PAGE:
Armed with a $5 permit, you can go into a national forest, and cut down your own Christmas tree.
Forest Service Website with the Details:
Why cut down your own Christmas tree?
- It’s cheap – though you’ll have to pay for the $5 permit, a saw (consider borrowing one from a friend or renting one from your local tool library), gas and snacks, it still may be cheaper than tree lot price – plus it can be a heck of a lot more fun.
- It keeps the forest healthy. Removing a small tree gives other trees the chance to grow. On the forest fire front, you’re literally removing future wildfire fuel from the forest.
- It’s an adventure. You may find yourself meandering down a country or logging road, with cars rarely passing by. It’s an opportunity to explore your local national forest. Do note, however, harvesting your own christmas tree comes with some rules: You must be at least 300 feet from any body of water, and you must also be 150 feet from state highways, parks, and campgrounds. The Forest Service website actually recommends heading out on cross country skis to find your own tree if you’re up for it.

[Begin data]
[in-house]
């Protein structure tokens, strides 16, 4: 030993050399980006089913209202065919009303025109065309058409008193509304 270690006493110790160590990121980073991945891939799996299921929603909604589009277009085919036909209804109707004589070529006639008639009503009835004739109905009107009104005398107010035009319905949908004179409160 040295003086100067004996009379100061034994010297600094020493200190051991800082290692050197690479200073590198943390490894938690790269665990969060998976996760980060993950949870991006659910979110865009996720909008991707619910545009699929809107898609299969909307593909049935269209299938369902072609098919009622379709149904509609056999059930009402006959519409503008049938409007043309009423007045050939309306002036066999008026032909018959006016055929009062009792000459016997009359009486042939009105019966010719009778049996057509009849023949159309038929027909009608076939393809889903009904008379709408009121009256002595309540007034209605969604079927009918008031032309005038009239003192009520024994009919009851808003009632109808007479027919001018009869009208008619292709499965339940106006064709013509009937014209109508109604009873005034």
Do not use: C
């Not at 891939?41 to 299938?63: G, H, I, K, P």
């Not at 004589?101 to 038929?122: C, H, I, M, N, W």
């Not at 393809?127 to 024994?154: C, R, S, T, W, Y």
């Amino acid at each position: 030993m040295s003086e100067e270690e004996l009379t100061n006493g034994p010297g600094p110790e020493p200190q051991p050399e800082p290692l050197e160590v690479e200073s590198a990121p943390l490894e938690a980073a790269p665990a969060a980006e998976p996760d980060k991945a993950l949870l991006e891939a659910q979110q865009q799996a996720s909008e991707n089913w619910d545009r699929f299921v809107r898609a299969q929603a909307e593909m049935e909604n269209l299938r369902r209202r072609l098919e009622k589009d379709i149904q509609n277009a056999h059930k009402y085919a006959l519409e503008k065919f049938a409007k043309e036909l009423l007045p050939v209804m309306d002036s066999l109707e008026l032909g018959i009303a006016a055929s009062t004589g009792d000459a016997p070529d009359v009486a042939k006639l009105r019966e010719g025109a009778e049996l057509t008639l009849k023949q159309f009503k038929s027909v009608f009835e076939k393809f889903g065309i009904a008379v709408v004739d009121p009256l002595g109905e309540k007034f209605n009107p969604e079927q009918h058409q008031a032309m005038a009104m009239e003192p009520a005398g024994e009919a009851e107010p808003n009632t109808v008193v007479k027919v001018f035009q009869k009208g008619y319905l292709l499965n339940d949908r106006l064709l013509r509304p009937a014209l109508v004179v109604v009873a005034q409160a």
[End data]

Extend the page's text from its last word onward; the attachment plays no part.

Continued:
Getting your own Christmas tree from a national forest, is cheap, supports forest health and is an adventure. If you do choose to go be sure to plan accordingly for your wilderness excursion:
- Tell someone where you intend to go.
- Pack water, snacks, a blanket and warm clothes. Consider making a zip lock bag survival kit (just in case).
- You’ll probably want ropes or bungees and maybe even a tarp for strapping the tree in.
I harvested my own tree last year.
I picked up a permit at the general store in Stevenson Washington, then drove off into the woods with my brother and his partner.
After some exploring. We found a lovely hemlock.
Sawing was a lot more difficult than I anticipated and strapping the tree down was a chore. We brought hot cider in a thermos and good spirits. It was a lovely time.
Every time I looked at my tree that holiday season, I was proud.
If you’re up for it, consider harvesting your own Christmas tree from a national forest this year.